maiasaura

(redirected from maiasaur)

mai·a·saur·a

 (mī′ə-sôr′ə)
n.
A herbivorous hadrosaurid dinosaur of the genus Maiasaura of the Cretaceous Period. Remains of fossilized nests and juveniles suggest that the adults cared for their young.

[New Latin Māiasaura, good mother lizard, genus name : Greek maia, good mother; see mā- in Indo-European roots + New Latin saura, feminine of saurus, lizard (from Greek sauros).]

maiasaura

(ˌmaɪəˈsɔːrə)
n
(Palaeontology) a species of large, herbivorous, duck-billed dinosaur

mai·a·sau·ra

(mī′ə-sôr′ə) or mai·a·saur (mī′ə-sôr′)
A duck-billed dinosaur of the late Cretaceous Period of North America. Its remains suggest that the adults lived in herds and cared for their young in large nesting sites.
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Featuring thirty-eight original puzzles covering all of the most popular species, from Velociraptor and Stegosaurus to Triceratops and Tyrannosaurus Rex, "Making Wooden Dinosaur Toys and Puzzles" also offers two spectacular puzzle dioramas featuring a Maiasaur mama with her babies, and a T-Rex on the attack.
From regular maintenance of objects on permanent display to initiatives such as the Maiasaur fossil preparation lab--which in the mid 1990s allowed visitors to watch as the fossil was painstakingly released from bedrock that encased it--in situ conservation is essential to the ROM's protocol of keeping the collection in stable condition.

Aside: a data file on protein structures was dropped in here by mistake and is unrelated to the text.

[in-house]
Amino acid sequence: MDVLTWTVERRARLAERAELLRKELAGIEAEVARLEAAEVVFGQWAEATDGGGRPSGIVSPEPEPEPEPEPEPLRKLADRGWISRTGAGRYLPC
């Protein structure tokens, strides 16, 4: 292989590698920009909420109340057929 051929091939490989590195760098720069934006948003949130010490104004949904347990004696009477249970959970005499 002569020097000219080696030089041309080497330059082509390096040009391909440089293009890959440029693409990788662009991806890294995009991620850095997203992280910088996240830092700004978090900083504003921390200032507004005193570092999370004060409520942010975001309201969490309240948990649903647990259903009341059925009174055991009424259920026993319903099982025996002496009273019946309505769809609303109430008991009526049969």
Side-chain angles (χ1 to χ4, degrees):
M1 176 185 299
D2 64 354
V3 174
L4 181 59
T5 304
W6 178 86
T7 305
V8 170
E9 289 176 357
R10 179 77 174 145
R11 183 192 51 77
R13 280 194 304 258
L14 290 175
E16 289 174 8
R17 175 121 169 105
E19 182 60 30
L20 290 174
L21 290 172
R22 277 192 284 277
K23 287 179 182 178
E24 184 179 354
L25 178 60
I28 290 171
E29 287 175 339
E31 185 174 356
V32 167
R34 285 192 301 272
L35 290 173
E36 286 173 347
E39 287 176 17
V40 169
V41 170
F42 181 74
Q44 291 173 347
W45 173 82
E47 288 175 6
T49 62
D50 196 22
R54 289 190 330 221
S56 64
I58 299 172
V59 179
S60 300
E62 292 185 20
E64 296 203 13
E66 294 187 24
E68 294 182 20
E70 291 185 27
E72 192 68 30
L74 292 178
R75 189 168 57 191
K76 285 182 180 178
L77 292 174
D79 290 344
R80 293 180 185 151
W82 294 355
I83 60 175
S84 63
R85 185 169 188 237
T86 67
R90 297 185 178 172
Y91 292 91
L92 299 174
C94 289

The Museum of the Rockies in Montana, USA now owns Egg Mountain, noted for the discovery of Maiasaur fossils (Horner and Dobbs 1997).
Institutions and museums throughout the state invite paying volunteers of all ages to help unearth everything from Griffen, the 150-million- year-old stegosaurus, to maiasaur nesting sites, troodon eggs, daspletosaurs, and even Tyrannosaurus rexes.
Near Egg Mountain, there also are maiasaur and troodon nesting areas to visit as well as a campasaur bone bed containing the bones of about 2,000 dinosaurs.
The fossil evidence even shows that maiasaur adults stuck around to protect and raise their young.
he said, gesturing to the reddish plastic skin of the animatronic maiasaur.
The scientists found fossils of maiasaur (MY-uh-sore) eggs, nests, young, and adults all together in the same place (below).
The fossil maiasaur nests had lots of little shell pieces in them too.
Maiasaur, in fact, means good mother reptile, and the name was conferred by Horner after he discovered the fossilized remains of dinosaur nests along with eggs, shell fragments, and dinosaur nestlings.
The growth plates--never before seen in dinosaur fossils--were discovered in the well-preserved bones of young maiasaurs found in the nesting sites of the Two Medicine Formation in northwestern Montana.
Look at Tyrannosaurs, Triceratops, and Maiasaurs roaming nearby.